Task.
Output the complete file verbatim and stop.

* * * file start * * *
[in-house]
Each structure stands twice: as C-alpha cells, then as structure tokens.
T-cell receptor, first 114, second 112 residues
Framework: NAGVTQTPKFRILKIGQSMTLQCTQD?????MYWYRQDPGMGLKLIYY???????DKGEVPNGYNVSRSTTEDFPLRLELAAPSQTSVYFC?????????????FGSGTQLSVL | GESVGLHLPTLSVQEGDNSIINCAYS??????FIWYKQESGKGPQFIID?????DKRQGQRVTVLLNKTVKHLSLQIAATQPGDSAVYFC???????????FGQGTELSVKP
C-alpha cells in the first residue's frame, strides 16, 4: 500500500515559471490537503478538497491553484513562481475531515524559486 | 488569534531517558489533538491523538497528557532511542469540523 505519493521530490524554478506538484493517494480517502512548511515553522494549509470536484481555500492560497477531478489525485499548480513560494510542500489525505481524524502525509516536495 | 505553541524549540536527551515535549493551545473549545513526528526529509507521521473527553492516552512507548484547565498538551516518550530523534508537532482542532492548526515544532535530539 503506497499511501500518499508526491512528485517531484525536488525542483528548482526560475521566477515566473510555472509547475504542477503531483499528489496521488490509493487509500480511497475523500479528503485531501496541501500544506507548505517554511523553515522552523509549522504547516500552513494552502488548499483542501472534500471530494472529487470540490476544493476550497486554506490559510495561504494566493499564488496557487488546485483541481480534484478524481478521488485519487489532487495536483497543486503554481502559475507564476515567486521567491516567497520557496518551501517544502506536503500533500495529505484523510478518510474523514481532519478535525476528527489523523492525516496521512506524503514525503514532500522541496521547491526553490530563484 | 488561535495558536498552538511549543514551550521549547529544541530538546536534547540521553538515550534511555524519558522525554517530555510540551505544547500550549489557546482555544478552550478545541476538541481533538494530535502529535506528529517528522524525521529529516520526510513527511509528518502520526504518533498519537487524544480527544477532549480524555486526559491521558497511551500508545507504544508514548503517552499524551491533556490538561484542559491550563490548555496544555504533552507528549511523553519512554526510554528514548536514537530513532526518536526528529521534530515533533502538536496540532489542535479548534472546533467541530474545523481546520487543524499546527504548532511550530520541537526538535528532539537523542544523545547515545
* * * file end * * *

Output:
[in-house]
Each structure stands twice: as C-alpha cells, then as structure tokens.
T-cell receptor, first 114, second 112 residues
Framework: NAGVTQTPKFRILKIGQSMTLQCTQD?????MYWYRQDPGMGLKLIYY???????DKGEVPNGYNVSRSTTEDFPLRLELAAPSQTSVYFC?????????????FGSGTQLSVL | GESVGLHLPTLSVQEGDNSIINCAYS??????FIWYKQESGKGPQFIID?????DKRQGQRVTVLLNKTVKHLSLQIAATQPGDSAVYFC???????????FGQGTELSVKP
C-alpha cells in the first residue's frame, strides 16, 4: 500500500515559471490537503478538497491553484513562481475531515524559486 | 488569534531517558489533538491523538497528557532511542469540523 505519493521530490524554478506538484493517494480517502512548511515553522494549509470536484481555500492560497477531478489525485499548480513560494510542500489525505481524524502525509516536495 | 505553541524549540536527551515535549493551545473549545513526528526529509507521521473527553492516552512507548484547565498538551516518550530523534508537532482542532492548526515544532535530539 503506497499511501500518499508526491512528485517531484525536488525542483528548482526560475521566477515566473510555472509547475504542477503531483499528489496521488490509493487509500480511497475523500479528503485531501496541501500544506507548505517554511523553515522552523509549522504547516500552513494552502488548499483542501472534500471530494472529487470540490476544493476550497486554506490559510495561504494566493499564488496557487488546485483541481480534484478524481478521488485519487489532487495536483497543486503554481502559475507564476515567486521567491516567497520557496518551501517544502506536503500533500495529505484523510478518510474523514481532519478535525476528527489523523492525516496521512506524503514525503514532500522541496521547491526553490530563484 | 488561535495558536498552538511549543514551550521549547529544541530538546536534547540521553538515550534511555524519558522525554517530555510540551505544547500550549489557546482555544478552550478545541476538541481533538494530535502529535506528529517528522524525521529529516520526510513527511509528518502520526504518533498519537487524544480527544477532549480524555486526559491521558497511551500508545507504544508514548503517552499524551491533556490538561484542559491550563490548555496544555504533552507528549511523553519512554526510554528514548536514537530513532526518536526528529521534530515533533502538536496540532489542535479548534472546533467541530474545523481546520487543524499546527504548532511550530520541537526538535528532539537523542544523545547515545